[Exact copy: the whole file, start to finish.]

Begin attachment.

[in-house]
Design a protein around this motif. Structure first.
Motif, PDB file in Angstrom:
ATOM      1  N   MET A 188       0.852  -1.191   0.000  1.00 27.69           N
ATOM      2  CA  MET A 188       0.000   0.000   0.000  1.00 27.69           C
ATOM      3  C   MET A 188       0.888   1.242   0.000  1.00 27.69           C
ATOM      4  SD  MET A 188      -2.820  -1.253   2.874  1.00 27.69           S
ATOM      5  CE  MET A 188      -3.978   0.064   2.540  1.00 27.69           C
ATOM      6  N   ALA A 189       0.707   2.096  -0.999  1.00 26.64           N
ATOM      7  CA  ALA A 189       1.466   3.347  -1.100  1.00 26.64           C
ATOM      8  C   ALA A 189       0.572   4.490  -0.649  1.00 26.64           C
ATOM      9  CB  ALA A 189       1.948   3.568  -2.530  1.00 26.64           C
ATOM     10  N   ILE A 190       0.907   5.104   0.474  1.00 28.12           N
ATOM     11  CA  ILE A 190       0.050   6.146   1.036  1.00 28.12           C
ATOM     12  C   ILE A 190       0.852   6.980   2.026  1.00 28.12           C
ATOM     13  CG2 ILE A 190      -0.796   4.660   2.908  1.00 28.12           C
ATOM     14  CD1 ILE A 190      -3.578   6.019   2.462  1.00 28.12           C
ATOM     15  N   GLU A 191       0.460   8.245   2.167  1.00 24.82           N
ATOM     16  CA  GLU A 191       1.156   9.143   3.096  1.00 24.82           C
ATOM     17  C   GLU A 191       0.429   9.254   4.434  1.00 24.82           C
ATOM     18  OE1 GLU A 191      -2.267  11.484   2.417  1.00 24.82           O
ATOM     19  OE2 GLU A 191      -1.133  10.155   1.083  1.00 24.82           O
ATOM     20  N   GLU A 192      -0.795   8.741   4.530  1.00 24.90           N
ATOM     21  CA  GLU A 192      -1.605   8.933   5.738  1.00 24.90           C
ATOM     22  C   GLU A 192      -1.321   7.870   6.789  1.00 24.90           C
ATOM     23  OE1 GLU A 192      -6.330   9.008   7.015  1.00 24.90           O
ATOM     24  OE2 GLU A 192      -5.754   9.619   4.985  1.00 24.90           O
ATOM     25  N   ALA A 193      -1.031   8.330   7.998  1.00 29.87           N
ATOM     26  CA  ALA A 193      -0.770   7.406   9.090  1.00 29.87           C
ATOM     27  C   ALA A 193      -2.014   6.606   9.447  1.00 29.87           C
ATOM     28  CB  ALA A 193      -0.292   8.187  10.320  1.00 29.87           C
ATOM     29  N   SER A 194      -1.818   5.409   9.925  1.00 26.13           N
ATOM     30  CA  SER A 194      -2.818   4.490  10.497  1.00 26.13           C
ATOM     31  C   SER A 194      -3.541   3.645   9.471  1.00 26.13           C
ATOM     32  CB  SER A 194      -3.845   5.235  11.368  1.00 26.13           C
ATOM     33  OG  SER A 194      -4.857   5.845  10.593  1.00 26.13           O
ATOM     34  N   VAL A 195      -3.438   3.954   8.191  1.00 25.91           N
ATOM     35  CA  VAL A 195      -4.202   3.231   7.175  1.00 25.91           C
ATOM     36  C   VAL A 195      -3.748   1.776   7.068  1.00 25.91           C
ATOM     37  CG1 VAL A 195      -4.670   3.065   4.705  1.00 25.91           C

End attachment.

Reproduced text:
[in-house]
Design a protein around this motif. Structure first.
Motif, PDB file in Angstrom:
ATOM      1  N   MET A 188       0.852  -1.191   0.000  1.00 27.69           N
ATOM      2  CA  MET A 188       0.000   0.000   0.000  1.00 27.69           C
ATOM      3  C   MET A 188       0.888   1.242   0.000  1.00 27.69           C
ATOM      4  SD  MET A 188      -2.820  -1.253   2.874  1.00 27.69           S
ATOM      5  CE  MET A 188      -3.978   0.064   2.540  1.00 27.69           C
ATOM      6  N   ALA A 189       0.707   2.096  -0.999  1.00 26.64           N
ATOM      7  CA  ALA A 189       1.466   3.347  -1.100  1.00 26.64           C
ATOM      8  C   ALA A 189       0.572   4.490  -0.649  1.00 26.64           C
ATOM      9  CB  ALA A 189       1.948   3.568  -2.530  1.00 26.64           C
ATOM     10  N   ILE A 190       0.907   5.104   0.474  1.00 28.12           N
ATOM     11  CA  ILE A 190       0.050   6.146   1.036  1.00 28.12           C
ATOM     12  C   ILE A 190       0.852   6.980   2.026  1.00 28.12           C
ATOM     13  CG2 ILE A 190      -0.796   4.660   2.908  1.00 28.12           C
ATOM     14  CD1 ILE A 190      -3.578   6.019   2.462  1.00 28.12           C
ATOM     15  N   GLU A 191       0.460   8.245   2.167  1.00 24.82           N
ATOM     16  CA  GLU A 191       1.156   9.143   3.096  1.00 24.82           C
ATOM     17  C   GLU A 191       0.429   9.254   4.434  1.00 24.82           C
ATOM     18  OE1 GLU A 191      -2.267  11.484   2.417  1.00 24.82           O
ATOM     19  OE2 GLU A 191      -1.133  10.155   1.083  1.00 24.82           O
ATOM     20  N   GLU A 192      -0.795   8.741   4.530  1.00 24.90           N
ATOM     21  CA  GLU A 192      -1.605   8.933   5.738  1.00 24.90           C
ATOM     22  C   GLU A 192      -1.321   7.870   6.789  1.00 24.90           C
ATOM     23  OE1 GLU A 192      -6.330   9.008   7.015  1.00 24.90           O
ATOM     24  OE2 GLU A 192      -5.754   9.619   4.985  1.00 24.90           O
ATOM     25  N   ALA A 193      -1.031   8.330   7.998  1.00 29.87           N
ATOM     26  CA  ALA A 193      -0.770   7.406   9.090  1.00 29.87           C
ATOM     27  C   ALA A 193      -2.014   6.606   9.447  1.00 29.87           C
ATOM     28  CB  ALA A 193      -0.292   8.187  10.320  1.00 29.87           C
ATOM     29  N   SER A 194      -1.818   5.409   9.925  1.00 26.13           N
ATOM     30  CA  SER A 194      -2.818   4.490  10.497  1.00 26.13           C
ATOM     31  C   SER A 194      -3.541   3.645   9.471  1.00 26.13           C
ATOM     32  CB  SER A 194      -3.845   5.235  11.368  1.00 26.13           C
ATOM     33  OG  SER A 194      -4.857   5.845  10.593  1.00 26.13           O
ATOM     34  N   VAL A 195      -3.438   3.954   8.191  1.00 25.91           N
ATOM     35  CA  VAL A 195      -4.202   3.231   7.175  1.00 25.91           C
ATOM     36  C   VAL A 195      -3.748   1.776   7.068  1.00 25.91           C
ATOM     37  CG1 VAL A 195      -4.670   3.065   4.705  1.00 25.91           C